lebiro wrote: Eplear and Pelinal
Foreword and translation by Harman Maurus
The story of Pelinal Whitestrake, the Divine Crusader, is a famous legend from the birth of the Empire. His crusades, or pogroms, swept the Ayleids into obscurity, eradicating their mighty Cyrodiilic Empire from Nibenay, Colovia, and old ‘Kreath. Tales say he rampaged as far as Elsweyr, butchering scores of Khajiit he took for more of the hated mer. But this furious crusade across the southern half of the continent raises an interesting question. At the time of Pelinal’s crusades, there was a glaring omission from his pogroms – Valenwood. A fledgling kingdom of elves, pressed close against the hills of Colovia and actively harbouring his Ayleid foes, why and how did the realm of the Boiche escape the wrath of Pelinal? Imperial scholarship on the whole, perhaps predictably, offers few answers, but the Bosmer have, if few scholarly “histories”, a vast reservoir of tales to tell.
One such tale is the Song of Eplear, a lengthy, though surprisingly obscure, epic poem chronicling the conquest of Valenwood by Eplear Camoran, first king of the Bosmer, and ruler at the time of Pelinal’s conquests. The Bosmeri poetry is difficult, if not impossible, to translate with any finesse into Tamrielic (though any Bosmeris-speaker should consider locating a copy), but unlike most Bosmeri epics, it is accompanied by veritable libraries of notes and annotations. The providence of these notes is ancient and confused; many are indisputably Bosmeri, but some appear Ayleid, others human. Others still are beast-writing (Imga, Centaur and Satyr) or completely mysterious. What follows is a brief translation of a small collection of these notes, in particular those pertaining to Eplear’s meeting with the Divine Crusader himself.
Pelin-El came to the edge of Cyrod where the trees ceased to weep and began to sing, and where the Boiche kept forever-watch from the mighty trees. The white stone of the Ayleidoon would not cross that edge of Cyrod and beyond it all was unspoiled, dark and green. The graht-oaks walked and the beasts roared and the Boiche roamed indolent in the spring.
Those Ayleid who were wise fled where their stone did not go and vanished among the trees where their beads were like berries and their feathers were like leaves and where their brothers took them to hide. Their escape was an insult and Pelin-El demanded their elf-blood. The star-made-knight was bathed in the blood of elf-kings who fought him, and so he had no fear of Y’ffre’s forest. He called out the king that was in those elf-lands, for at that time there was only one and the green-sap was true-whole.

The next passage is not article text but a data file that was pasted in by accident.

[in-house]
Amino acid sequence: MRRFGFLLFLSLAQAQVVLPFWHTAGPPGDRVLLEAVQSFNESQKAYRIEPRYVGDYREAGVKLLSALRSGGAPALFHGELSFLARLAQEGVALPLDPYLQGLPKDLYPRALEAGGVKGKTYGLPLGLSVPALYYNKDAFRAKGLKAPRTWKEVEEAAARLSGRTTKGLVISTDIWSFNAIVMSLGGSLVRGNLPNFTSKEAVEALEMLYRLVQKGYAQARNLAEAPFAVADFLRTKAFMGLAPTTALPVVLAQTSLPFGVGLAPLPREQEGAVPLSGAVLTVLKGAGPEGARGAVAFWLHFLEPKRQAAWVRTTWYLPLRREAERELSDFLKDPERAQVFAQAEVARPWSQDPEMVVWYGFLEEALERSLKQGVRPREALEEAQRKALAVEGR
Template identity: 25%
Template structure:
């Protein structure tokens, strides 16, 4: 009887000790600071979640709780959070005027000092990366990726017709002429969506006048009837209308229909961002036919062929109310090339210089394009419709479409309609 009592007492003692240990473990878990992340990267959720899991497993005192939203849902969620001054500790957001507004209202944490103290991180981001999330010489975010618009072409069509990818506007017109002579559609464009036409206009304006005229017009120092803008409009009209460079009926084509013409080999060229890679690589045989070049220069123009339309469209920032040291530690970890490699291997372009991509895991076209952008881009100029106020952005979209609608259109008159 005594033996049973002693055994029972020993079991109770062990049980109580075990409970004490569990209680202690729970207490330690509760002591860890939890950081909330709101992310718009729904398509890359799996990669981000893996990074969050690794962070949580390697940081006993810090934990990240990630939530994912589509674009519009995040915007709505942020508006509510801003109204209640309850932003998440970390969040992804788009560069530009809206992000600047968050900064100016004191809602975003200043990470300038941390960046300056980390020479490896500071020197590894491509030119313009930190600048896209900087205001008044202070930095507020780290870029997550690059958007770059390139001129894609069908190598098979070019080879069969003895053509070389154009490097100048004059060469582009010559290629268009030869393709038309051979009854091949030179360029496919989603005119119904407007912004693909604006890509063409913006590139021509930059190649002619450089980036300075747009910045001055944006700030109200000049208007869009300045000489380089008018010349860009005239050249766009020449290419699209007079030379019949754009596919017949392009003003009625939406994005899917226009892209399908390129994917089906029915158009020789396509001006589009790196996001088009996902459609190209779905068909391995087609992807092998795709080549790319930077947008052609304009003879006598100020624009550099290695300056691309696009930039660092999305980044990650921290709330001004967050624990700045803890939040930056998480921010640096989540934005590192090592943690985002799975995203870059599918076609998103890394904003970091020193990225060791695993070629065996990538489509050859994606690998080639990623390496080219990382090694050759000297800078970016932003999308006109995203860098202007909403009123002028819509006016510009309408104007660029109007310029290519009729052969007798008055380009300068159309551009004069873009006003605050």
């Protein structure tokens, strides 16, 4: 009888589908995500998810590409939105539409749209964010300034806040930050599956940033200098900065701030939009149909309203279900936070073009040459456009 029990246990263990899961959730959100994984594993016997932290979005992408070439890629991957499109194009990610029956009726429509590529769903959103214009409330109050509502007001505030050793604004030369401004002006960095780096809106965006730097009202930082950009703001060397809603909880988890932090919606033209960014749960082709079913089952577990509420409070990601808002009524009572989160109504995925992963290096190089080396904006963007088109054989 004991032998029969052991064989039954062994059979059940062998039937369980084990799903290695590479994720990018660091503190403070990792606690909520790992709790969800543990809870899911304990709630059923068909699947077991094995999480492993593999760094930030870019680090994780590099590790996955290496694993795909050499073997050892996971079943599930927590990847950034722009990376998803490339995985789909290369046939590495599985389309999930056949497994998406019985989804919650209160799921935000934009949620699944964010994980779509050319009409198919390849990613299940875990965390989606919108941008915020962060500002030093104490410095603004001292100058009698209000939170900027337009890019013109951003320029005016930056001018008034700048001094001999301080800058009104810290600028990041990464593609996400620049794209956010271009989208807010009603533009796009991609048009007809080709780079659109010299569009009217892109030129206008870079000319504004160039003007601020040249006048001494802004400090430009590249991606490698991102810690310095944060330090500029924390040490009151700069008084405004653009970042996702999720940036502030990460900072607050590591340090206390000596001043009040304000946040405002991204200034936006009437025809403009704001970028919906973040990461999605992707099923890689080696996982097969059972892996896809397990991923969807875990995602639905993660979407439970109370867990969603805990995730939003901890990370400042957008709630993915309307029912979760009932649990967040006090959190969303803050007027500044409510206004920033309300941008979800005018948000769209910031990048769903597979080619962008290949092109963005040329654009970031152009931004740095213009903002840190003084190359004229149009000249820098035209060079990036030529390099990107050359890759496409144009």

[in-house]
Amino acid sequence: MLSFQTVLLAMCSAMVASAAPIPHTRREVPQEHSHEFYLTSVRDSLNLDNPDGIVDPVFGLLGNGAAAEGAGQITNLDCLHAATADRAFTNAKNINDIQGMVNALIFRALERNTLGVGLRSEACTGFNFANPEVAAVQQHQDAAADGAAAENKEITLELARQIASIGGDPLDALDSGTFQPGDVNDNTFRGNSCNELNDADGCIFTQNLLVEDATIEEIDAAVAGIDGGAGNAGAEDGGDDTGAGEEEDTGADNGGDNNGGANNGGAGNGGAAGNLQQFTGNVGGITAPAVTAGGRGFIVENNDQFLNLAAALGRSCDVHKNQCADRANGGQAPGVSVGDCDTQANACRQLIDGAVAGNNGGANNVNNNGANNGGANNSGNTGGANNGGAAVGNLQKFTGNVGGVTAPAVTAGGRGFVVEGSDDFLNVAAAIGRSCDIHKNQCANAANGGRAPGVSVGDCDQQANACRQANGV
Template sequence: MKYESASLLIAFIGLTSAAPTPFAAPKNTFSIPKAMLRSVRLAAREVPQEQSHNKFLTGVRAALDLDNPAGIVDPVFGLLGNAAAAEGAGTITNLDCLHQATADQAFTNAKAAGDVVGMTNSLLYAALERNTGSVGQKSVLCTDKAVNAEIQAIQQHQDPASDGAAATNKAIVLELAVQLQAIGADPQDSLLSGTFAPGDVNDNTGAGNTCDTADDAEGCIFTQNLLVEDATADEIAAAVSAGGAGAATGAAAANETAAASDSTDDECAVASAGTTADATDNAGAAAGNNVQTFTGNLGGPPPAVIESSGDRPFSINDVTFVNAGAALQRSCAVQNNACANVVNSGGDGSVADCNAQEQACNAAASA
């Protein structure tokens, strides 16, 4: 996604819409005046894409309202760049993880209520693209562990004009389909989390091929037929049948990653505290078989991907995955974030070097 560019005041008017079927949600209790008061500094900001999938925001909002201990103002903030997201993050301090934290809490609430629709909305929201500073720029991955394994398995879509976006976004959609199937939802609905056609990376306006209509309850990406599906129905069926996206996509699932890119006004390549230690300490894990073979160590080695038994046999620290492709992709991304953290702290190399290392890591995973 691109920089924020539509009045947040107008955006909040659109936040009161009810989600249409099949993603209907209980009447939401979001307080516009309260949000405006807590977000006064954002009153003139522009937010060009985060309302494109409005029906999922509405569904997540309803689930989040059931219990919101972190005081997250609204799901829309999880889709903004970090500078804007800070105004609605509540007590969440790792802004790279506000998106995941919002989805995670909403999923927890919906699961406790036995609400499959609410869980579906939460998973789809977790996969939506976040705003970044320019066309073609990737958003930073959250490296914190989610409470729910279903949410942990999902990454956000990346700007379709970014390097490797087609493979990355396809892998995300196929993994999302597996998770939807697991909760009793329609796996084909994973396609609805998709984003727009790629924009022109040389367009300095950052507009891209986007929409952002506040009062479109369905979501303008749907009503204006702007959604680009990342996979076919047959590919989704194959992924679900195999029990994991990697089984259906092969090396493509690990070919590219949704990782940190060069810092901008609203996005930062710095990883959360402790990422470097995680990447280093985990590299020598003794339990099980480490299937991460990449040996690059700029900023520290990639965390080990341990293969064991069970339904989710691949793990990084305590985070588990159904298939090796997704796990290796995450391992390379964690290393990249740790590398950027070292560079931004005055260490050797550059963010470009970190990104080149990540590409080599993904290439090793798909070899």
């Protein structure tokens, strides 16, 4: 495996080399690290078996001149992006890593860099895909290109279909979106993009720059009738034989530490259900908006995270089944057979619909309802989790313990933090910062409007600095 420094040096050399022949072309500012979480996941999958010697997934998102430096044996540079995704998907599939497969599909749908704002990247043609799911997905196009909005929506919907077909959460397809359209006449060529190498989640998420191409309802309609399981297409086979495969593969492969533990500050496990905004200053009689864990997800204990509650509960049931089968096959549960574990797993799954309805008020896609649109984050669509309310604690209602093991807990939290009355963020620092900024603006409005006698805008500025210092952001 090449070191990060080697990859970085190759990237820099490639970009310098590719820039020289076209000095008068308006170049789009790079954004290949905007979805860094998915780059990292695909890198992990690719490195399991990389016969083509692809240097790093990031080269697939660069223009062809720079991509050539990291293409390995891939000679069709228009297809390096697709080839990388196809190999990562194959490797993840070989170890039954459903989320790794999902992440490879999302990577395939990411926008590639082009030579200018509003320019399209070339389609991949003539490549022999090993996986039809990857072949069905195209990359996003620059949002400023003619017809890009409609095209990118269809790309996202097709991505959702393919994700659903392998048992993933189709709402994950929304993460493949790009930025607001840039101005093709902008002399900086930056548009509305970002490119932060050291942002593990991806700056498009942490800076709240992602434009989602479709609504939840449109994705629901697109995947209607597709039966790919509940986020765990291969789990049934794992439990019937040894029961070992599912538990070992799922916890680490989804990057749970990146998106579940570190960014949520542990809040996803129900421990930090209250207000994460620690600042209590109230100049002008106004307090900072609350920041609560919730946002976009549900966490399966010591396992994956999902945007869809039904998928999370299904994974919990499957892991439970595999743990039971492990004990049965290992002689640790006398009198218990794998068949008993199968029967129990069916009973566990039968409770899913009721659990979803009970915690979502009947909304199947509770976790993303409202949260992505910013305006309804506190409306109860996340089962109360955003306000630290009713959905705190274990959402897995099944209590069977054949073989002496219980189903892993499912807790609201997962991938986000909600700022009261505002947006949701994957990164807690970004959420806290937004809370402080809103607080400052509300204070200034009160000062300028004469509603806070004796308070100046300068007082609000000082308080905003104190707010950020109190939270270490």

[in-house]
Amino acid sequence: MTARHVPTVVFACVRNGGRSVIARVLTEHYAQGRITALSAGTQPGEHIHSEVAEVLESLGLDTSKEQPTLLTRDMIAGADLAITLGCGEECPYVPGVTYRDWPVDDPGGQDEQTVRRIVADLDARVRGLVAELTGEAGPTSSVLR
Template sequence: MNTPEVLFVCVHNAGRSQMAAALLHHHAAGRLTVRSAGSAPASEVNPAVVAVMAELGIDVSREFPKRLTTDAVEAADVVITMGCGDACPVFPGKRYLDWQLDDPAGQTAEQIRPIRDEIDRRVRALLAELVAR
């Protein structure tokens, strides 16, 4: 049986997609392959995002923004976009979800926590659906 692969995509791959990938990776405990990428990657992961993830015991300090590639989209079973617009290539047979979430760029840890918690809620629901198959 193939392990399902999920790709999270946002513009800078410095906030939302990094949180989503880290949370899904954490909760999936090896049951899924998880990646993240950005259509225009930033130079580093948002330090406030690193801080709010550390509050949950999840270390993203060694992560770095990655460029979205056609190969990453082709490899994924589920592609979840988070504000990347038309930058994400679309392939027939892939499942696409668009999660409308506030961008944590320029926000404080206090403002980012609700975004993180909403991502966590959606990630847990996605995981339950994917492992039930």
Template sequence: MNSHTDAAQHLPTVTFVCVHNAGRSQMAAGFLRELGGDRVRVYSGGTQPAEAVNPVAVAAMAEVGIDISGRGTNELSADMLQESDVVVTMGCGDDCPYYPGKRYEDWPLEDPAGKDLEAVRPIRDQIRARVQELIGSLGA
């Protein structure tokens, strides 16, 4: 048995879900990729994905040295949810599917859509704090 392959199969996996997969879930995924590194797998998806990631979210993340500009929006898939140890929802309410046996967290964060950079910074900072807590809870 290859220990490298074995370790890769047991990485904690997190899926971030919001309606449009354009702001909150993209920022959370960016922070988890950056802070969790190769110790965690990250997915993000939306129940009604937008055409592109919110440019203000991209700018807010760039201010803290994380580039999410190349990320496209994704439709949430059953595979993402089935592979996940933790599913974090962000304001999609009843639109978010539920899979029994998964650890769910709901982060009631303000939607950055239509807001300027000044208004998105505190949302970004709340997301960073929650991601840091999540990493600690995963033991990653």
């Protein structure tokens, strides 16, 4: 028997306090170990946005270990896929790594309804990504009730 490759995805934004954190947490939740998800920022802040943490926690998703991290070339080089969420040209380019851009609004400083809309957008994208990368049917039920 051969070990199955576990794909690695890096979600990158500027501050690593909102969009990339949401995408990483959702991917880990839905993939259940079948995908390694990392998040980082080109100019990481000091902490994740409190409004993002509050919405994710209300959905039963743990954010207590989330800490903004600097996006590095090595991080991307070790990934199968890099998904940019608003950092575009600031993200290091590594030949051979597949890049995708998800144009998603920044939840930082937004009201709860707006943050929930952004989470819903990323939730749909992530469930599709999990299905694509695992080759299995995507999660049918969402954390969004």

The One King of the Elves in the South, and always-king of Y’ffre’s people, was Eplear, whose helm was the skull of Great-Gold-Ape-King (whose bones were golden moonstone), and whose bow was the long wing of the Great-Roc-of-the-Hunt (whose shadow made the Boiche forget Magnus sometimes), and whose home was Green-Sap-Walking (whose blood was the blood of the forest). And Eplear King heard the call of Pelinal.
Eplear knew the seven-hundred benefits of hiding (and the three-hundred more that were his gift to all Bosmer), but he did not hide, for he knew not to this time. And Eplear knew the many ways of the hunt, that are the treasure of all his people (and were his great mastery), but he did not hunt Pelin-El, for he knew not to this time. And Eplear knew Payment-in-Kind, which Z’en taught to Y’ffre (who taught it to his favourite children) and Z’en’s mirror-children reminded to the Boiche, and so to Eplear, so he knew that Pelin-El should be paid-in-kind with cutting swords and tears, but he did not cut or tear Pelin-El, for he knew not to this time.
Instead, Eplear Elf-King went also to the edge of Cyrod, where stood the bloody diamond. His arrows were fast and strong, but he loosed none. Instead he loosed his mighty voice that won Valenwood.
“Pelin-El, star-made-knight, butcher of my kin, bloodier of trees, many-shape (?) of Cyrod. Our strength is great and our forest is blessed. Your bloody hands have no hold on the green-sap.”
The man-beast was not to be deterred, for men know not how to flee.
But Eplear did not come out to die like those Ayleid kings. His lips parted and he roared mightily into Cyrod and Pelinal heard the wind in the trees and the crash of the sea and the splashing of rain and the roar of all the beasts. And the star-made-knight lowered his sword and turned his back on Eplear Elf-King and his forest, and never again turned his blade to that edge where the trees began to sing. Even in his Madness, Pelinal would not forget the Voice of Eplear, for Pelinal was sometimes mad but always Ada.
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